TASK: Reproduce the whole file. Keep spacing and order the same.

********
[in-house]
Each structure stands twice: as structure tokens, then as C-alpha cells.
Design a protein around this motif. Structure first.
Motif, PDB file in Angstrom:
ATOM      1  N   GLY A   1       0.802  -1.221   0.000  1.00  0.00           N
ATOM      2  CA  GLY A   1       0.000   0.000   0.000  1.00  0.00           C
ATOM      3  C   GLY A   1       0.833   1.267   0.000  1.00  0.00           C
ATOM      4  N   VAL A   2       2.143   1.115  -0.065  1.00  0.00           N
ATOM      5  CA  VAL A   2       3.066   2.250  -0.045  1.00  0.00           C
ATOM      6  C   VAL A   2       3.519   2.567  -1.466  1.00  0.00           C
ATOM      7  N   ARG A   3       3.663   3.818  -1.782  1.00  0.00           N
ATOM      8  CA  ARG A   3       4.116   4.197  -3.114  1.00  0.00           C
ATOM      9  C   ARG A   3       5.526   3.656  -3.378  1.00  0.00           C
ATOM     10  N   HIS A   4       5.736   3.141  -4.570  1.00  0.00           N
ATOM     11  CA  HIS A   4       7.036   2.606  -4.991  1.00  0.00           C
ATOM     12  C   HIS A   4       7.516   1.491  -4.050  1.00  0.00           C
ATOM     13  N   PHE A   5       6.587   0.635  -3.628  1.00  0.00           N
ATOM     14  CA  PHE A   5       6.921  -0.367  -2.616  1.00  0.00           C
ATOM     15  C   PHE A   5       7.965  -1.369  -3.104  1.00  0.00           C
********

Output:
[in-house]
Each structure stands twice: as structure tokens, then as C-alpha cells.
Design a protein around this motif. Structure first.
Motif, PDB file in Angstrom:
ATOM      1  N   GLY A   1       0.802  -1.221   0.000  1.00  0.00           N
ATOM      2  CA  GLY A   1       0.000   0.000   0.000  1.00  0.00           C
ATOM      3  C   GLY A   1       0.833   1.267   0.000  1.00  0.00           C
ATOM      4  N   VAL A   2       2.143   1.115  -0.065  1.00  0.00           N
ATOM      5  CA  VAL A   2       3.066   2.250  -0.045  1.00  0.00           C
ATOM      6  C   VAL A   2       3.519   2.567  -1.466  1.00  0.00           C
ATOM      7  N   ARG A   3       3.663   3.818  -1.782  1.00  0.00           N
ATOM      8  CA  ARG A   3       4.116   4.197  -3.114  1.00  0.00           C
ATOM      9  C   ARG A   3       5.526   3.656  -3.378  1.00  0.00           C
ATOM     10  N   HIS A   4       5.736   3.141  -4.570  1.00  0.00           N
ATOM     11  CA  HIS A   4       7.036   2.606  -4.991  1.00  0.00           C
ATOM     12  C   HIS A   4       7.516   1.491  -4.050  1.00  0.00           C
ATOM     13  N   PHE A   5       6.587   0.635  -3.628  1.00  0.00           N
ATOM     14  CA  PHE A   5       6.921  -0.367  -2.616  1.00  0.00           C
ATOM     15  C   PHE A   5       7.965  -1.369  -3.104  1.00  0.00           C